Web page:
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There’s this moment between when you see the car door start to open and when you actually finally make impact that you think, shit, what’s going to happen here?

Then there’s the sprawling, slow-motion fall onto the asphalt and the gasp of the surprised (usually) passenger who has opened his door into traffic at a very inopportune time, that time being exactly when you were pedaling along, on your way to meet some friends for lunch, wearing a tshirt and denim skirt, and now, a banged up knee, an irate conscience, a blue, and purple bruised arm, and worst of all, what appears to be a badly sprained big toe. There are scratches on your hands from landing, and a bit of dirt that didn’t come out of the knee abrasion in the café bathroom where you washed it in the sink before eating a really great sandwich, that even had pickles on it.

And now biking doesn’t seem like a great idea, and walking is worse, and you don’t even want to think about what color it’s all going to be tomorrow and you’re just really pissed at how the driver of the car was all, “nothing happened, you’re fine” which is the same thing they always say when there’s no exposed bone or spouting blood. But I know what it’s like to fall, and then get up again, and what it feels like the next day, and the day after, and the limping, and the favoring of the other leg and not being able to live your life as normal, because some schmuck didn’t put on his blinkers to announce that he was, oh, stopping in the middle of the street to let his passenger out.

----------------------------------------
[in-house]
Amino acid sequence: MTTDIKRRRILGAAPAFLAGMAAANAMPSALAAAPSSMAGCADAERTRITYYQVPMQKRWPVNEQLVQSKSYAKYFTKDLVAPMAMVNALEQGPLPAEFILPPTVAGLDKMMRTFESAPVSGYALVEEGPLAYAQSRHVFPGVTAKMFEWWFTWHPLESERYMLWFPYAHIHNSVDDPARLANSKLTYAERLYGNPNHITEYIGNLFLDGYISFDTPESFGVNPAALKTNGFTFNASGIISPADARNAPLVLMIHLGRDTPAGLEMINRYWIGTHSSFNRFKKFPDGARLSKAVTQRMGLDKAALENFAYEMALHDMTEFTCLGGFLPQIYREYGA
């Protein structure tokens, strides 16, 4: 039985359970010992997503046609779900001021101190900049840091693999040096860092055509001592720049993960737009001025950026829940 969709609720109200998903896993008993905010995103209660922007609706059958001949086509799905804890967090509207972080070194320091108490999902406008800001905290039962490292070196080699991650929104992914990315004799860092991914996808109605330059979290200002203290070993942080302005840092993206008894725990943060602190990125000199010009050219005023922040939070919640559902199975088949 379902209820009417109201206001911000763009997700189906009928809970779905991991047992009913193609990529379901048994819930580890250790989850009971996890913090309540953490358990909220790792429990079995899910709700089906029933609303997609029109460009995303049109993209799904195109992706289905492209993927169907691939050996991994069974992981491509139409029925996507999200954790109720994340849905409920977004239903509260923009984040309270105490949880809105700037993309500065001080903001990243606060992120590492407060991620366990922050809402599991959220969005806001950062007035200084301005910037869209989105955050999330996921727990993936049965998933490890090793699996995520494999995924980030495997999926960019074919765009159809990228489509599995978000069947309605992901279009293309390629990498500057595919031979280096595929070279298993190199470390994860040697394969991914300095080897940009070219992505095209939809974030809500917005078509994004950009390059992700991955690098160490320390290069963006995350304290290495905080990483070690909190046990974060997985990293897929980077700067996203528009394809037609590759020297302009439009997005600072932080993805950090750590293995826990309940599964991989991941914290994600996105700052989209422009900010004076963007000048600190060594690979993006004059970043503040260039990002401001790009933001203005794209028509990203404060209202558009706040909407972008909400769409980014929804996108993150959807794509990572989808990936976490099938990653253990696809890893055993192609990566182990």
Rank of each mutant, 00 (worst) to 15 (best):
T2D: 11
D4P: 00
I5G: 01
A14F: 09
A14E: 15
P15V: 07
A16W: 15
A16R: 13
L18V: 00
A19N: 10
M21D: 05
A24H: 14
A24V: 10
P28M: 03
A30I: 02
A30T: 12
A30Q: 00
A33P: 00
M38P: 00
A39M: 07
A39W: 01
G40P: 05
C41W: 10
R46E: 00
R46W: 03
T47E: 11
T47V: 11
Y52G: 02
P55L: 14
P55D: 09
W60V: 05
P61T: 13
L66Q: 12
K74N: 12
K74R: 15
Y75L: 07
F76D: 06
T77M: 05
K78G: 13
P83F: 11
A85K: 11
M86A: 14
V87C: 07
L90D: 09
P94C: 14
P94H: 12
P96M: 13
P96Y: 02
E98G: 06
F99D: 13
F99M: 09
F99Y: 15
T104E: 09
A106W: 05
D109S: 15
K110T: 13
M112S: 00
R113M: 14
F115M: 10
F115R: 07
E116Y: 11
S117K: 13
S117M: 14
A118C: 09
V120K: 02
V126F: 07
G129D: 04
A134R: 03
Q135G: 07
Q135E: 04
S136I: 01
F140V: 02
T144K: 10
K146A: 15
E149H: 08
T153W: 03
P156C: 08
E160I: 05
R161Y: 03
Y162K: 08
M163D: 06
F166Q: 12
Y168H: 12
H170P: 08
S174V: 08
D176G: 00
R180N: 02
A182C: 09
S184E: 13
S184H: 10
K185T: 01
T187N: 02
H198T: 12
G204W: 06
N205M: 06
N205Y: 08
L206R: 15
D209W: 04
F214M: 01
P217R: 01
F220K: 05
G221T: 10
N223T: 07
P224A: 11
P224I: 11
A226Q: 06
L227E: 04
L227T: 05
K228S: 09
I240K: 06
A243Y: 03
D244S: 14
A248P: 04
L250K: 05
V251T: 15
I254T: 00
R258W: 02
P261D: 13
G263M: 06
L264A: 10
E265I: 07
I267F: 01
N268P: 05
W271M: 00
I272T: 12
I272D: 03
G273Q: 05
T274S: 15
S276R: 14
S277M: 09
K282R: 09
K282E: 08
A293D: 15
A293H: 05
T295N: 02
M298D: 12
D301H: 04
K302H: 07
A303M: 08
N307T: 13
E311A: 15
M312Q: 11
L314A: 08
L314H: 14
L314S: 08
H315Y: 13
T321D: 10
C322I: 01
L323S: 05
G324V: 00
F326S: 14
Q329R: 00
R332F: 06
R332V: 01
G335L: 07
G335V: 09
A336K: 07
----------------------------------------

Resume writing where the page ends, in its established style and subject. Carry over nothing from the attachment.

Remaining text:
After it happened, I called my friends to tell them I’d be late, while a group of three police officers stood around trying to decide whether or not to call an ambulance for me. Which maybe I should have let them, but I had things to do, and I wasn’t dying, and I don’t want to go to the doctor and have someone give me a giant boot to wear and charge the driver my medical bills. I just want people to drive carefully and treat each other with care. The best part was when I talked on the phone, the driver went into a flat panic about me speaking English (perhaps I was someone important?) But I bet that panic was nothing in comparison to what I felt in that moment, that split second between when I saw the car door open and when I finally made impact and I flew through the air in slow motion thinking, “shit, what’s going to happen here?”